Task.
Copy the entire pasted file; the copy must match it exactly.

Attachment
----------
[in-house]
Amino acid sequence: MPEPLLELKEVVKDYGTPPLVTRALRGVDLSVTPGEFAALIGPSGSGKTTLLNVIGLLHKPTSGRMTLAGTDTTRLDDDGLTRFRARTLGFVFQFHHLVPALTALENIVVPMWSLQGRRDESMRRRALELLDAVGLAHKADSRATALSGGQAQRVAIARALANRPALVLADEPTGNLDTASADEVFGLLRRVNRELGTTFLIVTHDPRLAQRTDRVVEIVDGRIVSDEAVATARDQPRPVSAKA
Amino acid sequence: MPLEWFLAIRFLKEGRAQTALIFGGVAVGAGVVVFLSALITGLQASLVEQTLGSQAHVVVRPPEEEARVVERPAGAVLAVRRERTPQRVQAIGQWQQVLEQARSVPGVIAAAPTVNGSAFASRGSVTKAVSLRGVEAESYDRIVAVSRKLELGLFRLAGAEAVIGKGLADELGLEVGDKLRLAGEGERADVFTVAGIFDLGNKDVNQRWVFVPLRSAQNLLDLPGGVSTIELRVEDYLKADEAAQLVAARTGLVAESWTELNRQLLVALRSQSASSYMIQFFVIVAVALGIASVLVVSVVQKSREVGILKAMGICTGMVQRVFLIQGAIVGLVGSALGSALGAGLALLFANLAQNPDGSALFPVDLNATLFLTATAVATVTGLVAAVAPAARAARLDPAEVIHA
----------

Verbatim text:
[in-house]
Amino acid sequence: MPEPLLELKEVVKDYGTPPLVTRALRGVDLSVTPGEFAALIGPSGSGKTTLLNVIGLLHKPTSGRMTLAGTDTTRLDDDGLTRFRARTLGFVFQFHHLVPALTALENIVVPMWSLQGRRDESMRRRALELLDAVGLAHKADSRATALSGGQAQRVAIARALANRPALVLADEPTGNLDTASADEVFGLLRRVNRELGTTFLIVTHDPRLAQRTDRVVEIVDGRIVSDEAVATARDQPRPVSAKA
Amino acid sequence: MPLEWFLAIRFLKEGRAQTALIFGGVAVGAGVVVFLSALITGLQASLVEQTLGSQAHVVVRPPEEEARVVERPAGAVLAVRRERTPQRVQAIGQWQQVLEQARSVPGVIAAAPTVNGSAFASRGSVTKAVSLRGVEAESYDRIVAVSRKLELGLFRLAGAEAVIGKGLADELGLEVGDKLRLAGEGERADVFTVAGIFDLGNKDVNQRWVFVPLRSAQNLLDLPGGVSTIELRVEDYLKADEAAQLVAARTGLVAESWTELNRQLLVALRSQSASSYMIQFFVIVAVALGIASVLVVSVVQKSREVGILKAMGICTGMVQRVFLIQGAIVGLVGSALGSALGAGLALLFANLAQNPDGSALFPVDLNATLFLTATAVATVTGLVAAVAPAARAARLDPAEVIHA